brought into being by mother and father,
dependant on gruel and yogurt,
given to instability,
erosion,
and dissolution;
given to breaking-up
and breaking-down.

In the night, beggar,
what one rethinks
and re-evaluates
of the day's works,
that is an expression for "smoking at night".

In the day, beggar,
whatever followed
from that rethinking
and whatever followed
from that re-evaluating
in the works of body,
speech
or mind,
that is an expression for "blazing up by day".

'Brahman,' bhikkhu,
such is an expression
for The Tathāgata,
Aristocrat,
#1-Highest-Self-Awakened-One.

'Goodly-wise,' bhikkhu,
such is an expression
for the beggar who is a seeker.

'The Sword,' beggar,
such is an expression
for wisdom that is aristocratic.

'Digging out,' beggar,
such is an expression
for energetic resolve.

'Obstruction,' beggar,
such is an expression
for blindness.

Get rid of the obstruction,
let go of blindness,
use the sword, Goodly-wise,
dig it out,
this is the point.

'The puffed-up croaker,' beggar,
such is an expression
for angry mudslinging

Get rid of the puffed-up croaker,
let go of angry mudslinging,
use the sword, Goodly-wise,
dig it out,
this is the point.

'The divergent path,' beggar,
such is an expression
for doubt.

Get rid of the divergent path,
let go of doubt,
use the sword, Goodly-wise,
dig it out,
this is the point.

'The screen,' beggar,
such is an expression
for the five bindups:

the bindup of wanting pleasure,
the bindup of angry ways,
the bindup of lazy ways and inertia,
the bindup of fear and trembling,
the bindup of doubt.

Get rid of the screen,
let go of the five bindups,
use the sword, Goodly-wise,
dig it out,
this is the point.

'The turtle,' beggar,
such is an expression
for the five bound up stockpiles,
that is to say:

the pile bound up in thingness,
the pile bound up in sense experience,
the pile bound up in perception,
the pile bound up in conjuration,
the pile bound up in re-knowing-knowing.

Get rid of the turtle
let go of the five bound up stockpiles,
use the sword, Goodly-wise,
dig it out,
this is the point.

'The slaughter-house,' beggar,
such is an expression
for the five cords of sense-pleasure:

things known by way of the eye;
wished for,
enjoyable,
pleasing,
attractive,
useful in attaining pleasure,
exciting,

sounds known by way of the ear;
wished for,
enjoyable,
pleasing,
attractive,
useful in attaining pleasure,
exciting,

scents known by way of the nose;
wished for,
enjoyable,
pleasing,
attractive,
useful in attaining pleasure,
exciting,

tastes known by way of the tongue;;
wished for,
enjoyable,
pleasing,
attractive,
useful in attaining pleasure,
exciting,

touches known by way of the body;
wished for,
enjoyable,
pleasing,
attractive,
useful in attaining pleasure,
exciting.

Get rid of the slaughter-house,
let go of the five cords of sense-pleasure,
use the sword, Goodly-wise,
dig it out,
this is the point.

'The piece of flesh,' beggar,
such is an expression
for delighting in lust.

Get rid of the piece of flesh,
let go of delighting in lust,
use the sword, Goodly-wise,
dig it out,
this is the point.

'Serpent,' beggar,
such is an expression
for the beggar who has abandoned the corrupting influences.

Let stand the serpent.

Do not upset the serpent.

Give homage to the serpent.

This is the point."

This is what Bhagava said.

"Delightful!" said the Ancient Kumāra Kassapa, uplifted by what the Lucky Man said.

 


[1] Uddhumāyikaɱ. Bhk. Bodhi and Horner have 'Frog' and 'Toad' referencing commentary. Likely so, but here I think the idiom has internal meaning which is better left in it's raw state.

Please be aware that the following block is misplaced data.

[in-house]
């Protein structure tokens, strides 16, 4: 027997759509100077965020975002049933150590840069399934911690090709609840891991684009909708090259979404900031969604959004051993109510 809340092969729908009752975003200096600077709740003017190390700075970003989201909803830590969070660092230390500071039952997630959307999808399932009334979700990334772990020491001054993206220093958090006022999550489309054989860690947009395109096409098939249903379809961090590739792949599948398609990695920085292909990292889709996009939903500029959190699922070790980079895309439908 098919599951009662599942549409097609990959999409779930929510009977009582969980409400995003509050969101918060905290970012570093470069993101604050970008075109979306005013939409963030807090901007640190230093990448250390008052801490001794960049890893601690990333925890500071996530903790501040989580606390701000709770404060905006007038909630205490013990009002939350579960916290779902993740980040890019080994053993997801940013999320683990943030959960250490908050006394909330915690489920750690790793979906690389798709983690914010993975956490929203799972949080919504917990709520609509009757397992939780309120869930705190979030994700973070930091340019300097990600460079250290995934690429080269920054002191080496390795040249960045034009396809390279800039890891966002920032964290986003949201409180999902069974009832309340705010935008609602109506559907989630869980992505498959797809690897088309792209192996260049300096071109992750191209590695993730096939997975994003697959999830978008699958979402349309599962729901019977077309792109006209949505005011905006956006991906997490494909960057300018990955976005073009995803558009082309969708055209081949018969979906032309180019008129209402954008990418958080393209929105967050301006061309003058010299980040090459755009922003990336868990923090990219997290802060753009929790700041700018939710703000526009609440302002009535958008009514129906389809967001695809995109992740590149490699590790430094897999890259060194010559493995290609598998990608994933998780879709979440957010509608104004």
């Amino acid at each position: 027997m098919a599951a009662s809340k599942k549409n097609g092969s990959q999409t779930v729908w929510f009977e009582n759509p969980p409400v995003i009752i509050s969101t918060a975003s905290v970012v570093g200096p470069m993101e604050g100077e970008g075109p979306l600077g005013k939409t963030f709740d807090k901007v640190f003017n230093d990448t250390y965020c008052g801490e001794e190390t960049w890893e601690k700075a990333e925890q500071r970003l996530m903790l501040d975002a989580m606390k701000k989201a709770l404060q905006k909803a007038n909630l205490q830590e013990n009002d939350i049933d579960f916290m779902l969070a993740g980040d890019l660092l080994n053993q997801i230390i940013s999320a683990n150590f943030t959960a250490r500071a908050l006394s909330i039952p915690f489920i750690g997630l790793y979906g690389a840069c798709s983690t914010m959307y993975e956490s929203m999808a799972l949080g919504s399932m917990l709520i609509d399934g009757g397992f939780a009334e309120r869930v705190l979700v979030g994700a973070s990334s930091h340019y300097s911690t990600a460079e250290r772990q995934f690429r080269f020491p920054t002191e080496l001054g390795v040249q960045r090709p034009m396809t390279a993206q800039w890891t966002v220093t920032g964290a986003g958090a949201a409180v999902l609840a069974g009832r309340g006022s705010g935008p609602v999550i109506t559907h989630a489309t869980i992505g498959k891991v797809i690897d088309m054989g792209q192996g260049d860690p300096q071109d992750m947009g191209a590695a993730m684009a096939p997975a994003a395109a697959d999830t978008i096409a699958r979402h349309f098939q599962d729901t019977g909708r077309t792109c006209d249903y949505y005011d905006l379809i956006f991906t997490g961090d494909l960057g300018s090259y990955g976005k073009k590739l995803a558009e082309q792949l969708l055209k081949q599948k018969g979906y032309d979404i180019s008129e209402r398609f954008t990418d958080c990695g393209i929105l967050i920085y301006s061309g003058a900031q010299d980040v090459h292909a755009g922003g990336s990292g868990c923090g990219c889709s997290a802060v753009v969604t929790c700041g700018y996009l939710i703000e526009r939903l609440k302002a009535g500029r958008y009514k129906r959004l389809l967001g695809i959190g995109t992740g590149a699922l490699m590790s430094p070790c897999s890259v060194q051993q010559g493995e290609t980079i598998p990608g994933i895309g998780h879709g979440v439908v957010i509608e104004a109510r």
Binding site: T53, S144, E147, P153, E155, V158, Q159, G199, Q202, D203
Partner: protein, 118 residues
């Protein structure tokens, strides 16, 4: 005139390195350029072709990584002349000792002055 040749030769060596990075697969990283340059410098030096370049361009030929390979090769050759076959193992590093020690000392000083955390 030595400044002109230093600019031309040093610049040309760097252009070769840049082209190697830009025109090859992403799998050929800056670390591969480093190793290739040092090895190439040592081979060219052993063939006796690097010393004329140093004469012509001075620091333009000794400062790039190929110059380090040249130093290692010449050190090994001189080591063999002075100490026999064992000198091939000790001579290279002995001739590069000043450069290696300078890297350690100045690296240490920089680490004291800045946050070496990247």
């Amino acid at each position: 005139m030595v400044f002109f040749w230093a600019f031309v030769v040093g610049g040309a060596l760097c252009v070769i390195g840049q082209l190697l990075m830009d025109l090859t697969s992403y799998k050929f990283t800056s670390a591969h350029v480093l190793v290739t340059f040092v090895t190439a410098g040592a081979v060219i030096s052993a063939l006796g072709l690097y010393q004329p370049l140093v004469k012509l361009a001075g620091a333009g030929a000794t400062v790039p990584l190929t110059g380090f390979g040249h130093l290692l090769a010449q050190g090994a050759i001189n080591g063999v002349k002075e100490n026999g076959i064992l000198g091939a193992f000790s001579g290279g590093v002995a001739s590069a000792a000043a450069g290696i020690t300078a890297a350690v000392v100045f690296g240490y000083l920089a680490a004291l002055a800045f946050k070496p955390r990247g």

[2] Dvidhāpathaɱ. PED has forked path, divided path or crossroads. This is a simile for doubt. Uncertainty as to which path to take. One get's rid of doubt but one does not get rid of a forked path, or a crossroads, one takes one or the other fork or direction; one gets rid of a divergent path...or, maybe, thinking of 'duality' and dualistic thinking, one does get rid of both choices. If it says go this way or go that way, we can say; 'I'll not go either way.' Abstaining from either self-indulgence or self-punishment, I'll take the Middle Path. So my translation means 'Taking the Middle path, I will get rid of any divergent path that presents itself — whether forked or a crossroads.

[3] Caṅgavāraɱ [cangavāraɱ]. An empty vessel or box. Horner has 'strainer' and Bhk. Bodhi has 'seive'; both rely on the commentary. If this is a strainer or sieve, it is likely something like the sifting tool gardners use to filter out rocks, etc; a box that acts as a funnel, with a screen at one end. The PED points to a possible etymology in: Tamil canguvaḍa a dhoney, Anglo-Ind. ḍoni, a canoe hollowed from a log. This would work as a simile for the kkhandhas (trunk) which is often enough referred to as an empty vessel; and 'strainer' or 'seive' would work as a simile for the six senses: The eye comes into contact with an object of sense; arising from the contact is sense impression; sense impression is then used as the raw data for the mind sense and the visual component of the composite consciousness of the world of the individual. If there is no eye, and there is an object of sense present, there is no resultant object consciousness; if there is eye, but no object, there is no resultant object consciousness. So in effect the senses act as a filter (seive) through which the world is perceived. If this is not an error, we need to go with 'sieve', seeing the hindrances as filtering out higher states of consciousness, insight, and letting go. If the reader has doubt, using a sword, dig it out, get rid of all three.

[4] Kummo. Horner and Bhk. Bodhi: 'tortoise.' When this animal is used as a simile it is most often the variety that inhabits water; this variety is now more commonly known as a turtle.

[5] Nāga. Ms. Horner (?following Chalmers?) translates as "cobra" which is not incorrect, though likely misleading on the grounds that this will be heard by anyone interested in Eastern Religions as "Kundalini" and will bring in sexual or tantric connotations.